The average American household with at least one credit card carries more than $9,000 in credit card debt. If you're drowning in debt, you're certainly not alone. Being in debt can cast a constant black cloud over your life, and although it may seem like the light at the end of the tunnel is out of your reach, with determination and the right plan of attack, you can become debt-free. Here, eight tips to help you get on the path to being debt-free.

1. Get the Facts Straight. Before you actually start paying down your debt, you need to know exactly how much you're carrying-and at what interest rates. Be honest with yourself. Collect all of your bills and write down everything that you owe, no matter how big or small. Seeing all of these numbers in one place may seem terrifying, but it will give you the big picture so that you can start figuring out the best way to manage it.

2. Negotiate. If you have a good payment history with your credit card companies, you may be able to negotiate lower interest rates. The current competitive landscape of the credit card industry makes your business extremely valuable, as these companies make billions of dollars in interest and fees. Although getting your interest fees waved completely is unlikely, a five percent reduction can save you up to thousands of dollars annually. It never hurts to ask-and a simple 10-minute call can help to put a dent in your debt. If your credit card companies are not willing to reduce your interest rate, start looking for a new card with a lower rate that will allow you to transfer your balance, but make sure you can pay off the balance before the introductory rate offer expires.

3. Consolidate. If you've successful negotiated lower interest rates and carry multiple cards, look into transferring the balances to the card with the lowest rate. Not only will you save the excess interest, but you'll have fewer monthly payments to make.

4. Attack from High to Low. If you owe money on multiple cards but are unable to transfer balances, focus on paying down the cards with the highest interest rates first. You'll still need to pay all cards on time, but pay larger sums toward the cards with high interest rates.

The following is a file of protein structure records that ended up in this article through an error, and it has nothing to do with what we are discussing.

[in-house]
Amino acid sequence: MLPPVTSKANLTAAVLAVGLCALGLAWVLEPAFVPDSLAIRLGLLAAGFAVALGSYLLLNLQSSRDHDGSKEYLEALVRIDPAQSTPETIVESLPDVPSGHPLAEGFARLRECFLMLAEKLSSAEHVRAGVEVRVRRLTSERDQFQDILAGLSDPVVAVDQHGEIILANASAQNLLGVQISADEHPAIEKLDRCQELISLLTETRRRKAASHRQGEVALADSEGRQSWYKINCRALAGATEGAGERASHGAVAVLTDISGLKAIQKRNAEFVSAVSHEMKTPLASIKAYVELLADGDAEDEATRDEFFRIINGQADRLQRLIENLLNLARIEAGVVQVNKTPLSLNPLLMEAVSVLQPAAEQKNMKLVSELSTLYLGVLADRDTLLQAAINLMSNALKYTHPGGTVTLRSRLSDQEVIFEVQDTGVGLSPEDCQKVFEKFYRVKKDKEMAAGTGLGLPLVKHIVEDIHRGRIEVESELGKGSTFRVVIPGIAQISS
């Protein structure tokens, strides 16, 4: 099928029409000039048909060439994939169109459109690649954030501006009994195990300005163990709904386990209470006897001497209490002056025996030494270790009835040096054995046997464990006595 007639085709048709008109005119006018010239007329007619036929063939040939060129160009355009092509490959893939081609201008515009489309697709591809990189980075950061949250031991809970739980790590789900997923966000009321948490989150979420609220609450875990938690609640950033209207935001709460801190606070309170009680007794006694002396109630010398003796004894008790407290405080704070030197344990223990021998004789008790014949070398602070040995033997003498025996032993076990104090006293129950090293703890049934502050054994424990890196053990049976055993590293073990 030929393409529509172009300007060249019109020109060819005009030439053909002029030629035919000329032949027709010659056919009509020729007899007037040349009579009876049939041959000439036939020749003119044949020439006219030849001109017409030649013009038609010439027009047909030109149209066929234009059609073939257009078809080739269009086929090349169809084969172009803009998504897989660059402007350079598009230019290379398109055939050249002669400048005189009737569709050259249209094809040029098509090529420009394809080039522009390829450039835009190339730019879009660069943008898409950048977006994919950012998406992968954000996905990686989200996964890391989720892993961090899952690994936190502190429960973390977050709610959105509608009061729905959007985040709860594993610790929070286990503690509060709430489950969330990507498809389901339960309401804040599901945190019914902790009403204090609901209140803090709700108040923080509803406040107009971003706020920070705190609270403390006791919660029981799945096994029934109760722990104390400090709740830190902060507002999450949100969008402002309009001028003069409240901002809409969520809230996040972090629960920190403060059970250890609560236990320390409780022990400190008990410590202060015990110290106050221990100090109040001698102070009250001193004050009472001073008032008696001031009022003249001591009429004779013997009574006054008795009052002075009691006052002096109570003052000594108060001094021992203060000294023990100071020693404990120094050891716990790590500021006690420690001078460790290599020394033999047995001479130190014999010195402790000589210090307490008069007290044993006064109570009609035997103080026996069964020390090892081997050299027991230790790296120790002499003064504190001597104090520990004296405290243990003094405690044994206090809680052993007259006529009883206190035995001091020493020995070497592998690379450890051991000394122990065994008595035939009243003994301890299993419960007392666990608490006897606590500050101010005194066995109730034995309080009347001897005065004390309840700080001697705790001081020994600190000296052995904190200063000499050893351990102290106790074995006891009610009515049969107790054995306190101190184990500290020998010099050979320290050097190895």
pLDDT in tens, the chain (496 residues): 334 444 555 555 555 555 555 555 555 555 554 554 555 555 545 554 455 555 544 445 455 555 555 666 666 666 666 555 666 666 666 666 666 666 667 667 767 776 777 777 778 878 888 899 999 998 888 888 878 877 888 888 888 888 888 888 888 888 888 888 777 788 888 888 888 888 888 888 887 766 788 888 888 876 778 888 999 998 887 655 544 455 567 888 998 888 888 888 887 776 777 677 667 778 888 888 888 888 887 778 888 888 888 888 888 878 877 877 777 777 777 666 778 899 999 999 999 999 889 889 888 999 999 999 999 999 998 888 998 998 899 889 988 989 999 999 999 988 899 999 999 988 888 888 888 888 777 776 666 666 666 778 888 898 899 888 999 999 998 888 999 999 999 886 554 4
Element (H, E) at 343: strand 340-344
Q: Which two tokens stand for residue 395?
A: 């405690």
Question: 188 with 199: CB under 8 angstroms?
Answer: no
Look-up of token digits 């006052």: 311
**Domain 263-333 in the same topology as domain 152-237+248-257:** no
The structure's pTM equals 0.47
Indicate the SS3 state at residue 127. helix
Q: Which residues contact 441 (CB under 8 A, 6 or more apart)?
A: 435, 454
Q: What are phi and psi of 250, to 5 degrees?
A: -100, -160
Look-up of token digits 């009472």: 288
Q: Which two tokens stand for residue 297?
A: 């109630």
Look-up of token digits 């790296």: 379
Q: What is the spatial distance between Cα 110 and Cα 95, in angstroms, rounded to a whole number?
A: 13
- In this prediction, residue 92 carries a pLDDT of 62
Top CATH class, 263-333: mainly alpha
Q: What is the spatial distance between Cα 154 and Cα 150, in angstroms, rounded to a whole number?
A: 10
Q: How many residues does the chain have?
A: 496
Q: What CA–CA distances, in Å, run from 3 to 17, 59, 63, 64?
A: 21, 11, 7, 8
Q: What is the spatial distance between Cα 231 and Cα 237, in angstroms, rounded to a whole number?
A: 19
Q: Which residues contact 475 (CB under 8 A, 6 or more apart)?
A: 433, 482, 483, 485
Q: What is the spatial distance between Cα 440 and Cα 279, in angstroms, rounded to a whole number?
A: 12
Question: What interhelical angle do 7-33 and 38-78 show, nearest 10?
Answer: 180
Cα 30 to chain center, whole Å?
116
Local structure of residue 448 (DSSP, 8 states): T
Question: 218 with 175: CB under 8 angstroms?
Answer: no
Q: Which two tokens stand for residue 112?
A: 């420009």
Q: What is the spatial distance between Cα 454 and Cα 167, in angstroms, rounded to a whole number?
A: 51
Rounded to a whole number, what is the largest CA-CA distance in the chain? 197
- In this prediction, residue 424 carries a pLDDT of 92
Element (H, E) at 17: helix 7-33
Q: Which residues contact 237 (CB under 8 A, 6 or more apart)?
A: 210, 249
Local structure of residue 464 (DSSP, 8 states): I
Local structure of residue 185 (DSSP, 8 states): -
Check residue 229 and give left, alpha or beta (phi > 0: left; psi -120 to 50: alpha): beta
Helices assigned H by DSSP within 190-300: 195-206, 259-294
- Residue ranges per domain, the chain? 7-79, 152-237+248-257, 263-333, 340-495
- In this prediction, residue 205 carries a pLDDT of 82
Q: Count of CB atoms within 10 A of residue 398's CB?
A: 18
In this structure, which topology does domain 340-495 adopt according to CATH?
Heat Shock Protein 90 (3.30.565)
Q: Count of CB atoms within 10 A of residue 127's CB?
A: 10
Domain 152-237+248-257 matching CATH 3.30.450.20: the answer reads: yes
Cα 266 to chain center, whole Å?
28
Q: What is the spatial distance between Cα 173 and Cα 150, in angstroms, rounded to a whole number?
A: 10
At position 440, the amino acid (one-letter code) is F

5. Come Clean. Although the thought of telling your friends and loved ones that you've spent yourself into debt probably makes you cringe, sometimes letting others know that you're trying to tighten your budget can be a great way to get support. The people in your life may be less inclined to suggest expensive trips or gatherings, and you may even find a partner who's in a similar situation to motivate you.

6. Stop Charging. If you're serious about paying down your debt, you need to end the cycle immediately. This can be as simple as not carrying any credit cards with you. Better yet, if you can't resist temptation and have more than one credit card, cut all but one up and keep it somewhere out of reach. This will be your emergency card-and emergency doesn't mean that the jacket you've been eyeing for weeks is finally on sale.

7. Start an Emergency Fund. It may seem counterintuitive to start saving money before paying off your debts, but if you don't, you won't be able to cope with unexpected expenses that could actually drive you further into the hole-and even if it's as little as $100 a month, it will add up. But don't keep this money in an easily accessible checking account. Instead, consider opening up a special savings account or money market account that will actually earn interest. Although the money will be easily transferable when it is needed, you won't be able to use it for spontaneous (and frivolous) purchases.

8. Eliminate. If it isn't a necessity (food, rent, car payments, medications, utilities, or phone bills) wave goodbye. As hard as it may be to give up your monthly manicure, your weekly golf outing or your subscription to the wine of the month club, getting rid of these unnecessary expenses will help you chip away at your debt even faster. Additionally, if you have monthly payments for things such as gym memberships, evaluate whether you actually use them. If you've only gone to the gym three times in the past six months, you're most likely just wasting money.